There was increased construction for public housing in the three months to April 2019 while there was less private commercial work, ONS construction output data has found.
Public housing output grew by 4.7%, counterbalanced by a fall in private commercial work (-2.2%), in the three months to April 2019 compared to the proceeding three months (November to January 2019).
Neil Knight, business development director at Spicerhaart Part Exchange & Assisted Move, said: “The non-seasonally adjusted three month on three-month construction output figures from the ONS today show that after slowing down at the end of 2018, construction output growth has now picked up again, with a 22.6% rise compared to a year ago and a 9.9% rise on the previous three months (November 18 to January 19).
“We all know that with Brexit uncertainty, the housing market in general slowed right down, but I did say back in February that I thought there was more work in the pipeline and that this would start to show on the figures throughout 2019, and I think this is what we are seeing here.
“And while most of the increase is as a result of public sector construction, private construction is up too which is a really positive sign.
“In terms of evidence on the ground, we are seeing a lot of demand for part-exchange at the moment and as a result, we are working with some of the biggest builders across the UK.”
Construction output increased by 0.4% in the three months, driven predominately by the all repair and maintenance series, which grew by 1.0%.
The increase in all repair and maintenance was driven by non-housing repair and maintenance, which rose by 2.3%.
Construction output decreased by 0.4% month-on-month in the three months to April. This was due to a 2.1% fall in repair and maintenance, which was offset with growth of 0.6% in new work.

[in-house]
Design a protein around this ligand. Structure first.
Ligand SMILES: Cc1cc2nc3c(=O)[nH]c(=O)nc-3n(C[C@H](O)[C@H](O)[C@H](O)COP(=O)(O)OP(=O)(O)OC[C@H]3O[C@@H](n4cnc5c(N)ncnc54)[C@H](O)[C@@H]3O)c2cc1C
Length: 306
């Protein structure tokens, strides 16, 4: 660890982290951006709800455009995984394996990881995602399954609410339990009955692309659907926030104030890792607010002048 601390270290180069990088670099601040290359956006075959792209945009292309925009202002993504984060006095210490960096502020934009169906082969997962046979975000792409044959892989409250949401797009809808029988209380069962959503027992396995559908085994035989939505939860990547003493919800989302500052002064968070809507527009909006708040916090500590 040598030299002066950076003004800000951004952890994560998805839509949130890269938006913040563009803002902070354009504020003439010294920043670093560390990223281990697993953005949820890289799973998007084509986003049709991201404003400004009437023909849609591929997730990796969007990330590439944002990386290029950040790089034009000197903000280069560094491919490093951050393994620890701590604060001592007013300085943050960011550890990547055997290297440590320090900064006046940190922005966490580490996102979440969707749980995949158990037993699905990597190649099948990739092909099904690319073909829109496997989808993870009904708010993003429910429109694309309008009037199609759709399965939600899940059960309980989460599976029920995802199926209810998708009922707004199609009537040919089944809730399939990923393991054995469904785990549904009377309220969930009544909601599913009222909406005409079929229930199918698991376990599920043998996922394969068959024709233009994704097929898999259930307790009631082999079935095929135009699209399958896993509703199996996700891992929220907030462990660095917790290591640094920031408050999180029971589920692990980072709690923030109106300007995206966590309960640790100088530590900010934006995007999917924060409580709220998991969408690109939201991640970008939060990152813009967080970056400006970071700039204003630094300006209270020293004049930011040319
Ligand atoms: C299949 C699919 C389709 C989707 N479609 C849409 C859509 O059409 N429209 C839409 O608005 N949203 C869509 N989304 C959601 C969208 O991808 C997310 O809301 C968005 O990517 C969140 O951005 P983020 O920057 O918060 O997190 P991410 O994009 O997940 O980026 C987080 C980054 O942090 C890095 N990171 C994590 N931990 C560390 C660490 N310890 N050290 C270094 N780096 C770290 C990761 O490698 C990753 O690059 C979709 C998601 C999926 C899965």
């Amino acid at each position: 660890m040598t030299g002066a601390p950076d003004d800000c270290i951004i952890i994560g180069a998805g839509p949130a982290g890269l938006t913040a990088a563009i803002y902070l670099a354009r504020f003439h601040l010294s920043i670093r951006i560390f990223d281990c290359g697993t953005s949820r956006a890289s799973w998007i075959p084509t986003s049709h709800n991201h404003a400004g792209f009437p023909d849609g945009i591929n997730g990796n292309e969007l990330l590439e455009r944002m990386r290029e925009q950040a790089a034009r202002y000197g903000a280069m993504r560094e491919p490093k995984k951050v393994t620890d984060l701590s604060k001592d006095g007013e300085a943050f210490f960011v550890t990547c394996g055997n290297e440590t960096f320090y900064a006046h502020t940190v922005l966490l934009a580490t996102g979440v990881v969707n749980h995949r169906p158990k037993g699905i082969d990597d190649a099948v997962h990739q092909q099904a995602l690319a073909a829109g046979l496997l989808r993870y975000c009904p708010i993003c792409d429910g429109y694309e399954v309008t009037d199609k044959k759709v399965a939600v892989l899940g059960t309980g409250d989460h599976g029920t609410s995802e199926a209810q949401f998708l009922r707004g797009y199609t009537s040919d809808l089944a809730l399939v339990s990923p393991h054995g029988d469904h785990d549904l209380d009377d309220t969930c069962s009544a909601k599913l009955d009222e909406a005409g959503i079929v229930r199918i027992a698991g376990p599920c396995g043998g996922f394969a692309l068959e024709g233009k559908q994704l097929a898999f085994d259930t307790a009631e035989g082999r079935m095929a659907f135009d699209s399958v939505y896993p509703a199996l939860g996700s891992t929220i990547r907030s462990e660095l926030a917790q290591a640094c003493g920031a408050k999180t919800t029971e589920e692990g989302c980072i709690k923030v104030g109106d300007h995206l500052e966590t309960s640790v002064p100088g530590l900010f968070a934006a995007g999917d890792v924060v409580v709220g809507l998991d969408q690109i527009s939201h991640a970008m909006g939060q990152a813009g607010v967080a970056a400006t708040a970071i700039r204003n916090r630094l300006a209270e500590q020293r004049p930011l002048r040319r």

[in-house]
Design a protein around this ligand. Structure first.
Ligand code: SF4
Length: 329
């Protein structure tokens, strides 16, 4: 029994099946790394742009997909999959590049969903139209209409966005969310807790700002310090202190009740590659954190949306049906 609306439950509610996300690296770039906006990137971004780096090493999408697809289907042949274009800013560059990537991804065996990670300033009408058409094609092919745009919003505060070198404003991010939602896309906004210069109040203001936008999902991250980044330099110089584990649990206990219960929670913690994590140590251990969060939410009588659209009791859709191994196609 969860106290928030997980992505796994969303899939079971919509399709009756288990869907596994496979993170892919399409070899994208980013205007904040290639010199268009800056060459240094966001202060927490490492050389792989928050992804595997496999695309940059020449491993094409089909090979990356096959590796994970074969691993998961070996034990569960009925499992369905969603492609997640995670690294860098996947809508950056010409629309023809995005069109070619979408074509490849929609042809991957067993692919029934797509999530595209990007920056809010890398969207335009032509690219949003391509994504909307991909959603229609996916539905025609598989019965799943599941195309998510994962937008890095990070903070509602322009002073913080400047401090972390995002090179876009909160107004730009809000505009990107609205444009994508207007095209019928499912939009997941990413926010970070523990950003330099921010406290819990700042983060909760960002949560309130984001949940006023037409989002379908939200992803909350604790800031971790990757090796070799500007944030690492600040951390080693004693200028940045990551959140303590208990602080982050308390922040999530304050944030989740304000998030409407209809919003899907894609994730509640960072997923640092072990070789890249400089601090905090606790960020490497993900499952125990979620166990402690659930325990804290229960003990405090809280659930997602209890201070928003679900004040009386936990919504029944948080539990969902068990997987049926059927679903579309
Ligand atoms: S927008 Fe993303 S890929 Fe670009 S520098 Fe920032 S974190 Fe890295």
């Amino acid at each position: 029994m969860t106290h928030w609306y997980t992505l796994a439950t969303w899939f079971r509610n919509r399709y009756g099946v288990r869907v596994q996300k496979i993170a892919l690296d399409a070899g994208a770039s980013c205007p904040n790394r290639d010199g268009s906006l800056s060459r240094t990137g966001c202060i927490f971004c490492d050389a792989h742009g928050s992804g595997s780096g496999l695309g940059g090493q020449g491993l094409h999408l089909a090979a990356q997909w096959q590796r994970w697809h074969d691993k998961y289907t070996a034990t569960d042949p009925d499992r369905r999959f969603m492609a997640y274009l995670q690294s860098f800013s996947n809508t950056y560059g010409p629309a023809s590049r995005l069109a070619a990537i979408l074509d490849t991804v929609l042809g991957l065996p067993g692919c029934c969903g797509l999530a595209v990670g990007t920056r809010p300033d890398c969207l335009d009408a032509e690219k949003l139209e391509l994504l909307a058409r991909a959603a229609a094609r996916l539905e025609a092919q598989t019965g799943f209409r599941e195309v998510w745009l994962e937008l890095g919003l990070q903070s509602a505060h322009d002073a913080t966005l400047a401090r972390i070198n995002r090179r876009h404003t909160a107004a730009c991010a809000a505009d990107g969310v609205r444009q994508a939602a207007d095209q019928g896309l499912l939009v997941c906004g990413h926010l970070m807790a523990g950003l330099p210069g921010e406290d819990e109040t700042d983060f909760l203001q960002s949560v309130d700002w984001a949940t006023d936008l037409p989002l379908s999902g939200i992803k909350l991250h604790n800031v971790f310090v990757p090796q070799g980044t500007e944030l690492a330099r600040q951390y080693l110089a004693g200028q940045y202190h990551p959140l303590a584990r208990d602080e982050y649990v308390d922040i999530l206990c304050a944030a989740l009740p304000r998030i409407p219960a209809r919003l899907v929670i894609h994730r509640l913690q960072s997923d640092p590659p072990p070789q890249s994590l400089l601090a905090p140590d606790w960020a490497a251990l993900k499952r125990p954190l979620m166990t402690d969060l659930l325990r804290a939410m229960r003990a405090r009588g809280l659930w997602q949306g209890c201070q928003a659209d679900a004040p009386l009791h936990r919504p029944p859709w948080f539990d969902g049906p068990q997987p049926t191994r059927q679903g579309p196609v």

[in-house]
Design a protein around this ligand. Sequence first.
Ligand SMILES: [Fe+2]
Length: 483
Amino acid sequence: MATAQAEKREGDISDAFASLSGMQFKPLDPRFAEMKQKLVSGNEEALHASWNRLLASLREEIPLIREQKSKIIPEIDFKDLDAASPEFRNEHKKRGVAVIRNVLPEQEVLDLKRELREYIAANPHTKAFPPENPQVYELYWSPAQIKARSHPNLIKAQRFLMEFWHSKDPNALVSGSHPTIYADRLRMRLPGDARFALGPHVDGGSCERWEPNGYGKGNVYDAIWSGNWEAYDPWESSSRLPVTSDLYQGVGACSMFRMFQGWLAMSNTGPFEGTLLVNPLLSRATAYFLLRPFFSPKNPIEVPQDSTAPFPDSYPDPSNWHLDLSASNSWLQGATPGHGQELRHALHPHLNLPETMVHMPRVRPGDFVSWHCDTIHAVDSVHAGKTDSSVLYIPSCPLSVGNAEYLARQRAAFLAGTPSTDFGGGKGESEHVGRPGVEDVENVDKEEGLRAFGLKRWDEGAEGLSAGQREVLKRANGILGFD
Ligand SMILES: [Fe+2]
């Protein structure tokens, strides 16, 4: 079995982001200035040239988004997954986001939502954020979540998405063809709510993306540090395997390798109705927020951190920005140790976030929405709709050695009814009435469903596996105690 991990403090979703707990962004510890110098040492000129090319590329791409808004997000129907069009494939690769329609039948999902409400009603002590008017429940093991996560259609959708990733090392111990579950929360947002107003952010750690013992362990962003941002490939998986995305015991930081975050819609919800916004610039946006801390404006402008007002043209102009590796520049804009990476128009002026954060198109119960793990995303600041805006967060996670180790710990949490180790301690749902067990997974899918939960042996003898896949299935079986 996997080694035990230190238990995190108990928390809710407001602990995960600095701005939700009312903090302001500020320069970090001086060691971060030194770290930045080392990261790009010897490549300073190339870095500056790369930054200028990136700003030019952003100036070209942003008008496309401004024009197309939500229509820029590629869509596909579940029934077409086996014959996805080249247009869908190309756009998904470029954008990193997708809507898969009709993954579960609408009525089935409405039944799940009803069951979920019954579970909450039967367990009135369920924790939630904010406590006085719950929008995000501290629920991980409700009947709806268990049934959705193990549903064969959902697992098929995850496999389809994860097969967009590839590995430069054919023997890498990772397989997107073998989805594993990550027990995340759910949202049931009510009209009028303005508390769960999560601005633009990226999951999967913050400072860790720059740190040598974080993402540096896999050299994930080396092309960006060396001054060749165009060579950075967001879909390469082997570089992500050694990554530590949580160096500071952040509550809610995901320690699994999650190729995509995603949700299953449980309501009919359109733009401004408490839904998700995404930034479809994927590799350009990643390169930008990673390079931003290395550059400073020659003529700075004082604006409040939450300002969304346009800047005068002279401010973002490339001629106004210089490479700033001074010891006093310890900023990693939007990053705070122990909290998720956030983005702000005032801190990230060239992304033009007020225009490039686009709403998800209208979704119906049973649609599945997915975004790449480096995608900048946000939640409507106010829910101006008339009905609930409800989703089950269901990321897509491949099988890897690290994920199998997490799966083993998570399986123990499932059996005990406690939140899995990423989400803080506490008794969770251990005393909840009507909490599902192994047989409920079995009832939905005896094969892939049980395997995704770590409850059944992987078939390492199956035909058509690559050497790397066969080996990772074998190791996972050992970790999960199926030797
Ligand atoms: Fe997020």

New orders grew 9.6% in Q1 2019 against the previous quarter; driven by a 16.1% increase in other new work, offset slightly with a fall of 4.6% in housing new work.
Blane Perrotton, managing director of the national property consultancy and surveyors Naismiths, added: “Such washout figures were, sadly, more predictable than the mid-June deluge that greeted them.
“Despite growth in infrastructure and public new housing, declines in private commercial and public other new work meant that new work as a whole barely grew at all — just 0.1%.
“And just like the weather, pessimism in the industry is not confined to London.
“It is important that the 9.6% uptick in new orders seen in Q1 is not interpreted as indicative of a healthy UK construction sector. It is actually more likely the result of developers trying to get projects over the line before Britain was due to leave the EU on March 29.
“While repair and maintenance work continues to drive growth as a whole, it continued to slow to 0.7% in April, compared to 3% in March, as the sector edges ever-closer to flatlining.
“Until Britain’s post-Brexit future is cemented, inactivity is likely to continue dominating headlines and soundbites. Realistically, it will not be until Halloween at the very earliest that the industry stops sitting on its hands.”